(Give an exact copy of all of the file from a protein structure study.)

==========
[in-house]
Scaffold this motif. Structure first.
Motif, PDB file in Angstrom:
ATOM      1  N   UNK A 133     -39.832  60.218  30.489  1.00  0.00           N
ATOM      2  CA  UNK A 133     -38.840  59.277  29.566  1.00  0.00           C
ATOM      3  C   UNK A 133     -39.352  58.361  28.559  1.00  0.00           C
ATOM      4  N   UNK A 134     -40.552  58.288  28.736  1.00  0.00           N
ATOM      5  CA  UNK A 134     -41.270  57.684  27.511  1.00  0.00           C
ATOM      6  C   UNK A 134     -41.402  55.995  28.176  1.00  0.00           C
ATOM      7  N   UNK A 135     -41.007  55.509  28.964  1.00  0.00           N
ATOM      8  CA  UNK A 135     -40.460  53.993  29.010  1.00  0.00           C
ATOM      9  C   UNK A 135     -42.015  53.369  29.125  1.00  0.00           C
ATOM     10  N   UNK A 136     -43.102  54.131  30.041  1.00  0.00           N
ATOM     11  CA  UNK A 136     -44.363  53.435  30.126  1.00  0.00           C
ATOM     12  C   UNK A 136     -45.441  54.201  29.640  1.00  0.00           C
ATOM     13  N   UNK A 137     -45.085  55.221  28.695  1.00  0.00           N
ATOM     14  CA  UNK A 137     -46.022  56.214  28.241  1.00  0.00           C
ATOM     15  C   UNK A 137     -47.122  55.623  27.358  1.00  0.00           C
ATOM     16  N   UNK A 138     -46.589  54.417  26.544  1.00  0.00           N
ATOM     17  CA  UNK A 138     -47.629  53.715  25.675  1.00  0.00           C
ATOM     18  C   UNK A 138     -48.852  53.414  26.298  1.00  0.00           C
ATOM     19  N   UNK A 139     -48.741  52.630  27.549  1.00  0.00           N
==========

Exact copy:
[in-house]
Scaffold this motif. Structure first.
Motif, PDB file in Angstrom:
ATOM      1  N   UNK A 133     -39.832  60.218  30.489  1.00  0.00           N
ATOM      2  CA  UNK A 133     -38.840  59.277  29.566  1.00  0.00           C
ATOM      3  C   UNK A 133     -39.352  58.361  28.559  1.00  0.00           C
ATOM      4  N   UNK A 134     -40.552  58.288  28.736  1.00  0.00           N
ATOM      5  CA  UNK A 134     -41.270  57.684  27.511  1.00  0.00           C
ATOM      6  C   UNK A 134     -41.402  55.995  28.176  1.00  0.00           C
ATOM      7  N   UNK A 135     -41.007  55.509  28.964  1.00  0.00           N
ATOM      8  CA  UNK A 135     -40.460  53.993  29.010  1.00  0.00           C
ATOM      9  C   UNK A 135     -42.015  53.369  29.125  1.00  0.00           C
ATOM     10  N   UNK A 136     -43.102  54.131  30.041  1.00  0.00           N
ATOM     11  CA  UNK A 136     -44.363  53.435  30.126  1.00  0.00           C
ATOM     12  C   UNK A 136     -45.441  54.201  29.640  1.00  0.00           C
ATOM     13  N   UNK A 137     -45.085  55.221  28.695  1.00  0.00           N
ATOM     14  CA  UNK A 137     -46.022  56.214  28.241  1.00  0.00           C
ATOM     15  C   UNK A 137     -47.122  55.623  27.358  1.00  0.00           C
ATOM     16  N   UNK A 138     -46.589  54.417  26.544  1.00  0.00           N
ATOM     17  CA  UNK A 138     -47.629  53.715  25.675  1.00  0.00           C
ATOM     18  C   UNK A 138     -48.852  53.414  26.298  1.00  0.00           C
ATOM     19  N   UNK A 139     -48.741  52.630  27.549  1.00  0.00           N